Ma 300 is great
Warm big and George great for vocals
Warm big and George great for vocals
I've been recording for years but never had a solid mic I could throw on nearly anything. I was looking for a variable pattern mic that didn't have the cheap top end I'm so tired of mixing around. This mic was on the list with several others (Atlantis, Advanced Audio's 47 clone, etc). I'm glad I chose this one. It sounds fantastic. The top end is dreamy and not that harsh sound you get from cheaper mics. I've used this on vocals, drums, upright bass, guitar cabs, piano, and sax and it really does the trick. It's nice not having to EQ as much when I start mixing.
Sounds amazing on vocals, acoustic guitar and for drum M/S in figure 8. Full, rich, warm, not overly hyped. Makes a great alternative to the AKG C414 XLII which tends to be brighter and crispier on the high side. Extremely well built and cased.
I had been going back and forth with my awesome sales man Steve C. about a tube mic for the studio and the final 2 were the Mojave and the Telefunken 47. And for several reasons we settled on the Mojave, especially after it was recommended to me by Sylvia Massey when we were there for Gearfest. From the get-go after this mic warmed up it was amazing. I used it on a folksy /acoustic session and I put it on vox, acoustic guitar, acoustic bass, harmonica and a shaker. WOW! Its warm and beautiful! It made the session mixable in about an hour. This mic is amazing. You need to have this versatile gem in your box of mics!
Amazing quality gear...and not just for this price. If it was double the price it would still be more than worth it. Extremely happy! I was initial gong to get the ma200, but Derek Senestraro, my go to guy at Sweetwater, recommended I spend a few more dollars and get this one for the versatility of the switchable polar patterns. Very glad I did! SATISFIED.
This is a must have if you record vocals. Stunning clarity. Vocal tracks cut right through the mix. It is as good if not better than the TLM-49 but adds the continuously variable polar patterns to cinch the deal. You can open up the pattern between cardioid and figure 8 to get this added top end from that extra vocal getting picked up as it passes around the backside of the mic. I'm convinced that no mic currently in production can best it on vocals and it also shines on acoustic instruments. David Royer is one hell of mic designer.
I have been using the AKG 414 XLS for just about everything. It's a wonderful mic but it lacks in delivering strong full vocal mid range for me.
A friend recommended the Mojave MA-300 as the next best thing to a Bock. And it is. This is a well built tube mic that has plenty of mid range power and is affordable. There is a marked difference in the recorded vocal track. Strong and full. I highly recommend this piece, you won't be disappointed with the professional sound it will deliver.
In my first review of this mic, I had mentioned that it had great potential. At the time I had tried it with Manley and Avalon preamps. Since then, I have used it with Neve 1073, Neve 88RS, API 512, LaChapelle 583 and RND 517. Different behaviours, all great and interesting, but was specially impressed by the 1073 an the LaChapelle. You will not be dissapointed. In the market now for a MA-1000. I really like David's mics.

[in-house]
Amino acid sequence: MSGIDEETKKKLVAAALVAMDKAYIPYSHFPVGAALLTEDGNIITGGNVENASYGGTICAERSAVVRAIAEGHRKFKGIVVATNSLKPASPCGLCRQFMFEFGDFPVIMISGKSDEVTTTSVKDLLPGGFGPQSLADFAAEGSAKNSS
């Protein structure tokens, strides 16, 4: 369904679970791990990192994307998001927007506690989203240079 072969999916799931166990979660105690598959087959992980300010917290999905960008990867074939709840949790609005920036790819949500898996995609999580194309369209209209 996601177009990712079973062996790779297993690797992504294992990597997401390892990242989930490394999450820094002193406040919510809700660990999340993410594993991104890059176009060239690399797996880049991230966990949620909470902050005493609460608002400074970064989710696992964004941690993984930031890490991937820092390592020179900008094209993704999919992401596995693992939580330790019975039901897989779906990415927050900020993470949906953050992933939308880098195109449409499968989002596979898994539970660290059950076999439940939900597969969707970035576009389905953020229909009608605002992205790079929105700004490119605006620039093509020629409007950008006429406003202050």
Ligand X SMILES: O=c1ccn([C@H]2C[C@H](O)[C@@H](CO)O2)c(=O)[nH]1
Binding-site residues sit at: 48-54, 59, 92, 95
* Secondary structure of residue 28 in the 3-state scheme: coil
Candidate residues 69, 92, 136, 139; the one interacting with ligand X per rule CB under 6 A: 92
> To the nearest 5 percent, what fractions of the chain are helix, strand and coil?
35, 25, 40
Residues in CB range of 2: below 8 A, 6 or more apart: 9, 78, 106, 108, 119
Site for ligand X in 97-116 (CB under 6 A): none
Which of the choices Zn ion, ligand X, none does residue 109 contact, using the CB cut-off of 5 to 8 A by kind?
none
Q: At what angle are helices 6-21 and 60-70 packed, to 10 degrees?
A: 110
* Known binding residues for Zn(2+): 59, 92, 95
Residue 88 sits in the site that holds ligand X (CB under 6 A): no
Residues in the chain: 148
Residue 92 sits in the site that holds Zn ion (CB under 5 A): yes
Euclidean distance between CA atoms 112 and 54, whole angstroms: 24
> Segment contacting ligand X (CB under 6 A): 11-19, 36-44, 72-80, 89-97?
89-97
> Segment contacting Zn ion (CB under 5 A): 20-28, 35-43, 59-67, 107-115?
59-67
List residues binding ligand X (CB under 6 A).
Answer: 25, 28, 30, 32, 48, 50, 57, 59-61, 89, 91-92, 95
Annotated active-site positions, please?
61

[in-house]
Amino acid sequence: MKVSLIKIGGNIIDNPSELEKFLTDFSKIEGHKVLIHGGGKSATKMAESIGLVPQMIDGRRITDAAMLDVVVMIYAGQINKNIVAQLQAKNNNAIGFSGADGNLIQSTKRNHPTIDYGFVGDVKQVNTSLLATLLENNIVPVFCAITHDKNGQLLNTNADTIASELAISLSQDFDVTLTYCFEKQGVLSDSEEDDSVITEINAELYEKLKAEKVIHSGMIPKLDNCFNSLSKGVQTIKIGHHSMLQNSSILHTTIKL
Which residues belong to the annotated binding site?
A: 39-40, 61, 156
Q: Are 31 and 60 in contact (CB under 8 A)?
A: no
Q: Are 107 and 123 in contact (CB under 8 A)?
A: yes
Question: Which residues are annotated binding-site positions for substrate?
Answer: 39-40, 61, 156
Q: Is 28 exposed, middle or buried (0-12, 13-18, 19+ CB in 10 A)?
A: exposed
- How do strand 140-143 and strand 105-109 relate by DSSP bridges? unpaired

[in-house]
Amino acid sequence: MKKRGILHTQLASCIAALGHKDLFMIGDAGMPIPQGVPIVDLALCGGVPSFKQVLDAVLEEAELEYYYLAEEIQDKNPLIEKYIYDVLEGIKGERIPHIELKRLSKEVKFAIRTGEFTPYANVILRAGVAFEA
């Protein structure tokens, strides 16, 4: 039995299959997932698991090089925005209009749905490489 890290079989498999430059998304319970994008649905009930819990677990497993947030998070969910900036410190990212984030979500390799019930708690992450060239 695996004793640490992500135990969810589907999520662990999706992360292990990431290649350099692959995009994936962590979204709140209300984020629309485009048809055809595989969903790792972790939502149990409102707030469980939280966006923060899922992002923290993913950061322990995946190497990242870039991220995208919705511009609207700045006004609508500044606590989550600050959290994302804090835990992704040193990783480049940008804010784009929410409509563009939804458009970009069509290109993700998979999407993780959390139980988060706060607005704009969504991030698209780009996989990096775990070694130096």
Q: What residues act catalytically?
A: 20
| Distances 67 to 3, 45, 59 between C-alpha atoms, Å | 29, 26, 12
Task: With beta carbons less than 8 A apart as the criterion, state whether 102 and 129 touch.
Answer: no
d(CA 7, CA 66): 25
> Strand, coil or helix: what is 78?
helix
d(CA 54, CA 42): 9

This microphone sounds ridiculously good and is very versatile! Like every other mic, it won't sound great on every source, but having said this, the top end is very open and has a sheen to it that adds a lot of air without any harshness!
I have titled this review 'Vocal Mic' because I've only used the Mojave on it's Cardoid setting for mainly vocals. Even so, it was a steep learning curve to get the preamp, compression, and eq right for both the cue and the mix.
In the end, though, it is well worth it. With the right settings, this mic provides an incredible clarity and warmth that surpasses my Avalon CV-12 so much that it just lost it's job and even my Neumann TLM 102 (for male vocal, not for instruments).
There may be an equally steep learning curve for acoustic instruments for this mic but so far, the Mojave is kind of boring for direct recording of acoustic guitar although it works fine as a second ambient mic. Again, I feel like I may be at the beginning of a long slope towards getting this mic to shine in other settings so we'll see.
Excellent pro mic not for plug-and-go weekend warriors.
This product is an excellent choice for a number of applications however it is flying under the radar as this price point is getting saturated with more name brand competitors. All the better to pick one up as it will give your studio a powerful and versatile weapon with gorgeous results. I am using this to track a large portion of my next album. I use it with an Aphex, UA and Blue Robbie pre's and nearly all combos were dynamite. From a service perspective I once called Mojave about some hiss I experienced using it on a session with my Guild-D55/UA 610 and they were swiftly responsive (another plus dealing with a small company) but couldn't offer any insight and chalked it up as a fluke. Overall a good experience.
My finest recording using the MA-300 was an old resonator from the 50's that sounded nothing short of phenomenal. The mic is a fair price alone for the quality but the multi-pattern versatility really adds top value and allows latitude for great experimentation. The mic picks up everything and the results produced by the Mojave MA-300 are of genuine, professional quality. I would happily recommend this mic.
I've tried many studio mics as a performer (not an engineer) and simply fell in love with the Mojave ma300.
First thing you MUST realize is that your voice is unique and mics respond differently to the natural characteristics and tone of your voice. Simply using a mic based on reviews, renowned legacy and studio favorites is not a good way to determine the BEST mic for YOUR voice. You have to try lots of different makes and models and compare results before coming to a solid conclusion.